11. Perfect. Thank you, you have solved my mystery. Surprisingly, I've worked on a few pocket watches in the past but never come across one like this. @oldhippy Thanks for your confirmation. The outer case appears to be gold and has 14K stamped on it with what looks like a squirrel logo underneath (again not seen this before) but unfortunately no hallmark letter to identify the year. On the inner dust cover, it has CUIVRE stamped on it (french for copper). So this really is quite an unusual watch. I've worked on cylinder movements on pocket watches before so thankfully understand some of its peculiarities. I'm going to hazard a guess that the watch is from around 1900.
  12. Thanks for your interest. Anti-clockwise, the sliding and winding pinion rotate and the yoke rises and falls as the sliding pinion turns. Clockwise, the winding pinion only rotates and begins winding the mainspring.
  13. It's been a while since I've worked on a movement as old as this. A friend asked me to look at whether I could get his great-grandmother's watch working again. When I first saw it, I thought it was an old 1920's ladies wristwatch, though thought it odd that the winding stem is at 12. However, on closer examination, it resembles more of an old pocket watch movement. Now amazingly, the watch is ticking when wound but I cannot pull the stem to set the hands. On removing the dial, I can see the yoke and yoke spring on the opposite side. But would I be right in thinking that it is missing the setting lever? There is a space that looks suspiciously like there could have been a setting lever there once but I could be wrong. I'd also be interested to hear your opinions on the age of the movement. I'm thinking around 1900. What's more surprising is that when the case is closed, you don't see the chipped porcelain around the edges, so thick is the bevel. It looks so nice and ornate and when the case is closed. Would love to be able repair but have my doubts. Any ideas about the keyless works? Thanks in advance.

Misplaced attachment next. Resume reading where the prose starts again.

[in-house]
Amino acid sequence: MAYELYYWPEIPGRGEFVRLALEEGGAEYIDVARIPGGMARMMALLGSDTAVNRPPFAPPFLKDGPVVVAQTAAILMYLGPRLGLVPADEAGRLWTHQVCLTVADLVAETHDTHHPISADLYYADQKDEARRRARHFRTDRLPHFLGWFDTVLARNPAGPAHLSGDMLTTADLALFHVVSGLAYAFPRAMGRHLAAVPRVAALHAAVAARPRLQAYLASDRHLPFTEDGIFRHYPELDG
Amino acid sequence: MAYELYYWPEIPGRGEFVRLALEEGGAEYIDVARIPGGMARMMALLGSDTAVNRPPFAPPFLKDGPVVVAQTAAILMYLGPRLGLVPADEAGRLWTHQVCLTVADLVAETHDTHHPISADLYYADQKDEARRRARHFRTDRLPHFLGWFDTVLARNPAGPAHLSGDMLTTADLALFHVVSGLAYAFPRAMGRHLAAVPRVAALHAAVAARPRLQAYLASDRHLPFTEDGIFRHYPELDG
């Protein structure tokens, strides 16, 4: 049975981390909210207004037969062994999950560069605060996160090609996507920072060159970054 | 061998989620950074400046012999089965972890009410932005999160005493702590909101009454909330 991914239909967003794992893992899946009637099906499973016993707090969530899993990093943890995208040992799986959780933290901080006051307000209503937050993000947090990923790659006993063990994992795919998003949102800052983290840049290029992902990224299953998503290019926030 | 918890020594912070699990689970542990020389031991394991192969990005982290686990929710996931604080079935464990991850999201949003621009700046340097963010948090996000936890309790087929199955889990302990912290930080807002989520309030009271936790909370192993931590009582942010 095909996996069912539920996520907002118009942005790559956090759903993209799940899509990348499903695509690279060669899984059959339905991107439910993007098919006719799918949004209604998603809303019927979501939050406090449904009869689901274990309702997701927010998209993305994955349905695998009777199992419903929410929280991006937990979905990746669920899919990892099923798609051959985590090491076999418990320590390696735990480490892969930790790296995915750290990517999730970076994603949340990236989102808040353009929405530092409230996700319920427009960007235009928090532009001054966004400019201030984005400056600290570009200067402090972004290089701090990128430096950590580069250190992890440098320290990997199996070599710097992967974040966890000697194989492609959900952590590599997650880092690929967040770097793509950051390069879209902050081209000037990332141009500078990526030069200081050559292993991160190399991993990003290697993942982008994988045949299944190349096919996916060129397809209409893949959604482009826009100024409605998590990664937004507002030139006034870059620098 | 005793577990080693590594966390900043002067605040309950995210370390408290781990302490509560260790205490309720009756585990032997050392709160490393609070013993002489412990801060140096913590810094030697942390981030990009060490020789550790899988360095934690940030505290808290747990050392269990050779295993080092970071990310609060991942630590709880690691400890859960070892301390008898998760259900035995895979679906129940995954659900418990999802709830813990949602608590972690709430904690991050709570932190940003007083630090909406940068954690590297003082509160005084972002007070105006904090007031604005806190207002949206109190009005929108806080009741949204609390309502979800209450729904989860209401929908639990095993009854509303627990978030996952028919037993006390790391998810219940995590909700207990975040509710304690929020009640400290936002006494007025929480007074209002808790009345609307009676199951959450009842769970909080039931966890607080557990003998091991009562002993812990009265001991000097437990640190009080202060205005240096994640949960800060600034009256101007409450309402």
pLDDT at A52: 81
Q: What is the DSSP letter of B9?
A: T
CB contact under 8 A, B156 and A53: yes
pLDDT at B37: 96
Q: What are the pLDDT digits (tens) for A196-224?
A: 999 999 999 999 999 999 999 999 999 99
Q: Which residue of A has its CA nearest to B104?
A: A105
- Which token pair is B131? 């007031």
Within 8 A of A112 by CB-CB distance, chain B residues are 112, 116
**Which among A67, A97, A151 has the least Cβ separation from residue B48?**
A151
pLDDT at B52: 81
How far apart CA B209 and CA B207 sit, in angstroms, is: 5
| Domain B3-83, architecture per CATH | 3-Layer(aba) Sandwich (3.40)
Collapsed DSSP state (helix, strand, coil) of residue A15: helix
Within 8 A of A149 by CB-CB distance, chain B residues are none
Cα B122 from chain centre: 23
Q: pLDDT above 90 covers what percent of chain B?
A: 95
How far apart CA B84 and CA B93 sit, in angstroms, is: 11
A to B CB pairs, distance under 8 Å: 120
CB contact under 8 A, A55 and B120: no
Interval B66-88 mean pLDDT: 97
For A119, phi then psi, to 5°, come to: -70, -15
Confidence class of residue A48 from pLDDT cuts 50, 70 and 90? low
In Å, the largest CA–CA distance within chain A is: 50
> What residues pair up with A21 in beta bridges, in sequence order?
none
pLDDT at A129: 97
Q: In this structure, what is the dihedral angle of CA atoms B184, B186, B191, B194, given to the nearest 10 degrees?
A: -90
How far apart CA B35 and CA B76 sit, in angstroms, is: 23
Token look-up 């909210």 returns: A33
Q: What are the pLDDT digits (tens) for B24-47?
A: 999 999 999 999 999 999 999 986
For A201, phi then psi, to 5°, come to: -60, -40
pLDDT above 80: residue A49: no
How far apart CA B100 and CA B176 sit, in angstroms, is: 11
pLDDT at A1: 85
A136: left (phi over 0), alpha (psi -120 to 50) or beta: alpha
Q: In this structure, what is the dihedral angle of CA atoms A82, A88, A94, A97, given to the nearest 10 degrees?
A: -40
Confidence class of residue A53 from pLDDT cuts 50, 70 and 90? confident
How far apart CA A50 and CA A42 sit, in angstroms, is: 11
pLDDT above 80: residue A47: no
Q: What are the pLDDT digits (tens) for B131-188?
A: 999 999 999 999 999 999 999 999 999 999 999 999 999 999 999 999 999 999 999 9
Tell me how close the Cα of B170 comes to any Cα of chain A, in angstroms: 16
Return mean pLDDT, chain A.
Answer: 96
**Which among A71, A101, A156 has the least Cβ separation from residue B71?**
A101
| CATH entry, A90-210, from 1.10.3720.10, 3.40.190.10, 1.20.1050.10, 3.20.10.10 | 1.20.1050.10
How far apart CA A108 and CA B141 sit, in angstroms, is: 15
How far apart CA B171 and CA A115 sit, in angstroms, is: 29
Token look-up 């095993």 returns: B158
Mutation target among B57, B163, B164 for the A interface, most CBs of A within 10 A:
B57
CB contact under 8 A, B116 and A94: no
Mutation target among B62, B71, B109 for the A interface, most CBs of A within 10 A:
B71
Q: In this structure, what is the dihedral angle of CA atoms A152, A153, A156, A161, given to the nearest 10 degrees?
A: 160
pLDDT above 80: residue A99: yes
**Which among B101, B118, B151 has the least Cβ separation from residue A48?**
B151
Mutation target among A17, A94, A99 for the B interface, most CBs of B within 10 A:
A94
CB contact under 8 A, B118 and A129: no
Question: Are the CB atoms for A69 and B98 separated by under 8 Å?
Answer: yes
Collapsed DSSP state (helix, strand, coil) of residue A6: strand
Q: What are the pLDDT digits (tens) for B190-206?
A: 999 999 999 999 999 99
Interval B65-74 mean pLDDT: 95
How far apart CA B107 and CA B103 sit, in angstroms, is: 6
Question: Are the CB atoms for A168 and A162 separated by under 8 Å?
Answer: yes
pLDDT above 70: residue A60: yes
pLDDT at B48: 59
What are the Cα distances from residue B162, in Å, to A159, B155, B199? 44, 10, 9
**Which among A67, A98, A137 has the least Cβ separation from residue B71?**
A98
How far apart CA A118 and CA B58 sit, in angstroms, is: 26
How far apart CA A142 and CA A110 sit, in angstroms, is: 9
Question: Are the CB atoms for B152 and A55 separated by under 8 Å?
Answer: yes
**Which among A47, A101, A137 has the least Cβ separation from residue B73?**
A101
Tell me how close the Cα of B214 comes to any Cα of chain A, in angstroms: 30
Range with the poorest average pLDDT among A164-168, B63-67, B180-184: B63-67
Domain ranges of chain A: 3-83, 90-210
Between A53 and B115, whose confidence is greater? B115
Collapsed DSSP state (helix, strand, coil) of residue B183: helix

14. Well guys, the Sanford watch is finally reassembled, on my wrist, and ticking away at a fast rate of knots being a Hi-Beat ETA 2832 movement. Timed on my timegrapher, it’s gaining about 1 minute per day but I’m going to wear it for a day and see how it performs before I think about adjusting it. Thanks again for your help, which has made the whole repair process a pleasure for this movement; definitely the most ambitious project I’ve taken on. It’s going to make my 82 year old stepfather a very happy man to be reunited with the watch he’s loved since 1977! Sent from my iPad using Tapatalk
  15. Well, what can I say. "Thank you, thank you, thank you!". Nucejoe, you hit the nail on the head, but thanks to all who confirmed your thoughts too. It was indeed the centre tube, which must have worked its way loose in the ultrasonic cleaner. I put some moderate pressure on the tube with the flat of my tweezers and the tube snapped down flush into place on the plate. I did check for side movement, but none detected. Immediately afterwards, I reassembled the train wheels and within a couple of minutes, I had the bridge secured and the wheels spinning nice and freely. Thanks again folks. I'm still learning a year into this wonderful hobby, and this has got to be the most ambitious project I've taken on.